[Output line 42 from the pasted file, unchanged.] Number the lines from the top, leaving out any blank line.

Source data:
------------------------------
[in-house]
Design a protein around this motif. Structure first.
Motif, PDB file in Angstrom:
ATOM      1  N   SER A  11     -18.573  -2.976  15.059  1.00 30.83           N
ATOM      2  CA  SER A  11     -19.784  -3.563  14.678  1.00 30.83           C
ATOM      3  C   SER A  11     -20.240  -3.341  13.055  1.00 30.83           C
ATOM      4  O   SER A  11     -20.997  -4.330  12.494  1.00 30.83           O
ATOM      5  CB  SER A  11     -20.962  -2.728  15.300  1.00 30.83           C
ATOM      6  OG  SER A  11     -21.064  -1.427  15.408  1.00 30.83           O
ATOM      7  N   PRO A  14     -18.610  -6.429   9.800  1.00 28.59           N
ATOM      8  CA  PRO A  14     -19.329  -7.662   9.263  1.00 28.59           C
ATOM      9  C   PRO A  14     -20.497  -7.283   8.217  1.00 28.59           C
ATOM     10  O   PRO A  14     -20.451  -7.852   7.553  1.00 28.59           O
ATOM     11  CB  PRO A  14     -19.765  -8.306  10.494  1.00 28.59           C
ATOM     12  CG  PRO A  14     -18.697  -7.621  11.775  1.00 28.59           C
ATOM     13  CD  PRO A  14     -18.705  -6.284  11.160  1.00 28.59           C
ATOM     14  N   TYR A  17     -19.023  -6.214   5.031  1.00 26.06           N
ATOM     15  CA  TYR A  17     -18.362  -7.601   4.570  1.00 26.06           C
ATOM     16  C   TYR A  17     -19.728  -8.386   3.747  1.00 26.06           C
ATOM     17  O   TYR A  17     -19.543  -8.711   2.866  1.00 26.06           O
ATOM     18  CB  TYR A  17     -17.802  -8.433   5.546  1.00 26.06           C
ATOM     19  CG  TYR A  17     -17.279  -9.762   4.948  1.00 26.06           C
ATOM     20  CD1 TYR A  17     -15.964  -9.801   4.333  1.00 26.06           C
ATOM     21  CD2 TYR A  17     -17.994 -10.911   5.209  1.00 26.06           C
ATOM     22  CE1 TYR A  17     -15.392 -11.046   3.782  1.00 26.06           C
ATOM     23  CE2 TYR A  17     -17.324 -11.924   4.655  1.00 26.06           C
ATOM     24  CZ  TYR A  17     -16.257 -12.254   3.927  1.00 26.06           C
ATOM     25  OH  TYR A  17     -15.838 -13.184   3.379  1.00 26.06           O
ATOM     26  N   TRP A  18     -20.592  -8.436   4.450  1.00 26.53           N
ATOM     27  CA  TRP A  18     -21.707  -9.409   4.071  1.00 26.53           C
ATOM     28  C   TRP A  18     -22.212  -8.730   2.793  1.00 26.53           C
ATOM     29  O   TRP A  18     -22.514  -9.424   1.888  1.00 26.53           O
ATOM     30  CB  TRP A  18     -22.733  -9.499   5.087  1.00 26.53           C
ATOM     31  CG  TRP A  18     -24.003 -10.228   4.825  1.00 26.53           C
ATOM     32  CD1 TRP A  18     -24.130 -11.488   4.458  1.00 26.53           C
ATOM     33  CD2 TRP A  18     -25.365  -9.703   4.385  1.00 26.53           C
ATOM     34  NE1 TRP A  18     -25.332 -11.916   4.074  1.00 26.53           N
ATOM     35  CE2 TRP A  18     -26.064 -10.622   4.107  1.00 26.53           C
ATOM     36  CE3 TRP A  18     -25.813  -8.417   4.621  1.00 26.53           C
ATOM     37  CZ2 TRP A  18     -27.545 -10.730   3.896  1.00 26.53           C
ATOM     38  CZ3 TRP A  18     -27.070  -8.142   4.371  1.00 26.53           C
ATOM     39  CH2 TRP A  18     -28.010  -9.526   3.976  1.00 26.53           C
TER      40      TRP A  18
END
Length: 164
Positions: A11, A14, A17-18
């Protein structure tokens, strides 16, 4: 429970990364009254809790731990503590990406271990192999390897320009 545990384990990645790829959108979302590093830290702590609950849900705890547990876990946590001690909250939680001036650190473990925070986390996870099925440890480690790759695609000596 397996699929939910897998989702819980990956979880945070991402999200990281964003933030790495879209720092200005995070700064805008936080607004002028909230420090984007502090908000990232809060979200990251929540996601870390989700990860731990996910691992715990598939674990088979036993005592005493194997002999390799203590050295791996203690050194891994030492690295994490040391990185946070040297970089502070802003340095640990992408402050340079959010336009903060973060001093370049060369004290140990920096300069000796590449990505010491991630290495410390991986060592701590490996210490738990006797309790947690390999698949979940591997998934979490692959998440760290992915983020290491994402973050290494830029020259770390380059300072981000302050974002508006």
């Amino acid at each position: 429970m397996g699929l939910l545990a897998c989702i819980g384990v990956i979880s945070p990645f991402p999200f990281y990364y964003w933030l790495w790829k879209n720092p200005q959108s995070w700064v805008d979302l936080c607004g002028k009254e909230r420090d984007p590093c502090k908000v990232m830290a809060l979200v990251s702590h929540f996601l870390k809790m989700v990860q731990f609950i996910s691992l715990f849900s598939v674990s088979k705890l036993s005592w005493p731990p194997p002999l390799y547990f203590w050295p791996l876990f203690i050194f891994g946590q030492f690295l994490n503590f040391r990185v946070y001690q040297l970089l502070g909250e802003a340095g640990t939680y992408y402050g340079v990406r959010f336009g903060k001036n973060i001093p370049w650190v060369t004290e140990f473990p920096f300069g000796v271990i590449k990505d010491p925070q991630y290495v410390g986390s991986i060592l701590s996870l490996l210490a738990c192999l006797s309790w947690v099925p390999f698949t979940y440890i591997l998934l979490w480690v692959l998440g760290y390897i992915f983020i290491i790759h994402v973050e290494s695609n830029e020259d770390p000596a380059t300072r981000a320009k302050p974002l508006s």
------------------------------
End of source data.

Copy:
ATOM     39  CH2 TRP A  18     -28.010  -9.526   3.976  1.00 26.53           C